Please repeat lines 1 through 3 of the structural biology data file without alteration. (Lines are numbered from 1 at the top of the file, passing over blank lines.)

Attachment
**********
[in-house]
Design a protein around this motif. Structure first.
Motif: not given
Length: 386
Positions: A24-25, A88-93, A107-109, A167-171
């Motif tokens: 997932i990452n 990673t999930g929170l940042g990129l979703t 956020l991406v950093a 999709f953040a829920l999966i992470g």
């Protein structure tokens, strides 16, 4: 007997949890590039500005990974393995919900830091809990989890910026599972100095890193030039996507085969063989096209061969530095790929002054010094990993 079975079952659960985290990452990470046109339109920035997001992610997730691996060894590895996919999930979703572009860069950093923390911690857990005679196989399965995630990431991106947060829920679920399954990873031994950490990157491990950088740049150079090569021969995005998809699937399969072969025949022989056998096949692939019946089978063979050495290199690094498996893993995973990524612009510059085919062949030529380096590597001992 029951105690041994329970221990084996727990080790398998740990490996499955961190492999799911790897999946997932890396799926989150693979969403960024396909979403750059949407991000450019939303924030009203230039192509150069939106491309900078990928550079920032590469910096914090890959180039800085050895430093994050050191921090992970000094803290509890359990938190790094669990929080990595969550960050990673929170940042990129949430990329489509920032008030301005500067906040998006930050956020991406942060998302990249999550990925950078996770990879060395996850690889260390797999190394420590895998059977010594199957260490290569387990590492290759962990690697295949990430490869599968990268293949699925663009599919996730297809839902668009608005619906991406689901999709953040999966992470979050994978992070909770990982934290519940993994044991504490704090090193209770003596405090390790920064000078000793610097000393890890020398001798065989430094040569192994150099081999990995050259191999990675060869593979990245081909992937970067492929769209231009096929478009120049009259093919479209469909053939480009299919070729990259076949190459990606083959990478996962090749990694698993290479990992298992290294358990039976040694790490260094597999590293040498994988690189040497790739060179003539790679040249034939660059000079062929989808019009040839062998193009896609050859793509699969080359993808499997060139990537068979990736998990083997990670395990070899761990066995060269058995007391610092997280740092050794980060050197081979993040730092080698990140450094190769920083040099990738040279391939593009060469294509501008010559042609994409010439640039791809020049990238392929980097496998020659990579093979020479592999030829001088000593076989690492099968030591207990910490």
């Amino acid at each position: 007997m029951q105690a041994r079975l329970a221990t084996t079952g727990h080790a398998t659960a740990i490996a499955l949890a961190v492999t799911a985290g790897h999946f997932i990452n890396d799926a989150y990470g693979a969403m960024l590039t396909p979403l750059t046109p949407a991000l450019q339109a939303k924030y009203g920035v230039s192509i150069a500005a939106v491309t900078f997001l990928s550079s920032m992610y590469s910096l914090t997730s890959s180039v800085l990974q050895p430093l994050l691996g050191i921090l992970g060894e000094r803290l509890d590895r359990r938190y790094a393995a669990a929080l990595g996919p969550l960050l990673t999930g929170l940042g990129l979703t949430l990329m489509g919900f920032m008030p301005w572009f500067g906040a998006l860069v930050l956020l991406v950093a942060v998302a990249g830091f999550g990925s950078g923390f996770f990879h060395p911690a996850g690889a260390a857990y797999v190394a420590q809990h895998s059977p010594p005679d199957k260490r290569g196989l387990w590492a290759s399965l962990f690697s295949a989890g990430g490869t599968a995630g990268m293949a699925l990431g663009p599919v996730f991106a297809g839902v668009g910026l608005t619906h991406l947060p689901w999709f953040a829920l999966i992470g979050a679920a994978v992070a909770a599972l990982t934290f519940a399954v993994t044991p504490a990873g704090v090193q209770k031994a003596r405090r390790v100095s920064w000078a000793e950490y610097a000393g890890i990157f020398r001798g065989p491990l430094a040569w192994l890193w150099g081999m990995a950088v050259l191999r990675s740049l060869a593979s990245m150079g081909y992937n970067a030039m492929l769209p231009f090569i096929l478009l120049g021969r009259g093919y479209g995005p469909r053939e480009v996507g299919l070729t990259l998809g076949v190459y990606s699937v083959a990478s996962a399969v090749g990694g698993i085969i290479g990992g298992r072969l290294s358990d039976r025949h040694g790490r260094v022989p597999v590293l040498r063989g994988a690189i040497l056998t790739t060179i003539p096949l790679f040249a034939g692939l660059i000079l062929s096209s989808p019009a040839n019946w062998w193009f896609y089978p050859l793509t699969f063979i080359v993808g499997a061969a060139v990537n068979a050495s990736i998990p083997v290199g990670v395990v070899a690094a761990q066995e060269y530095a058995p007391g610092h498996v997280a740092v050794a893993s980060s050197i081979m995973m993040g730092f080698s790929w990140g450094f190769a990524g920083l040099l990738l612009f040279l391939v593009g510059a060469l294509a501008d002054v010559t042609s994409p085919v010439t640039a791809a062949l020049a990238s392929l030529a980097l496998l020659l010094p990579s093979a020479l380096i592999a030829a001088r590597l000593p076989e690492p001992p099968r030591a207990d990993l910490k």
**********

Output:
[in-house]
Design a protein around this motif. Structure first.
Motif: not given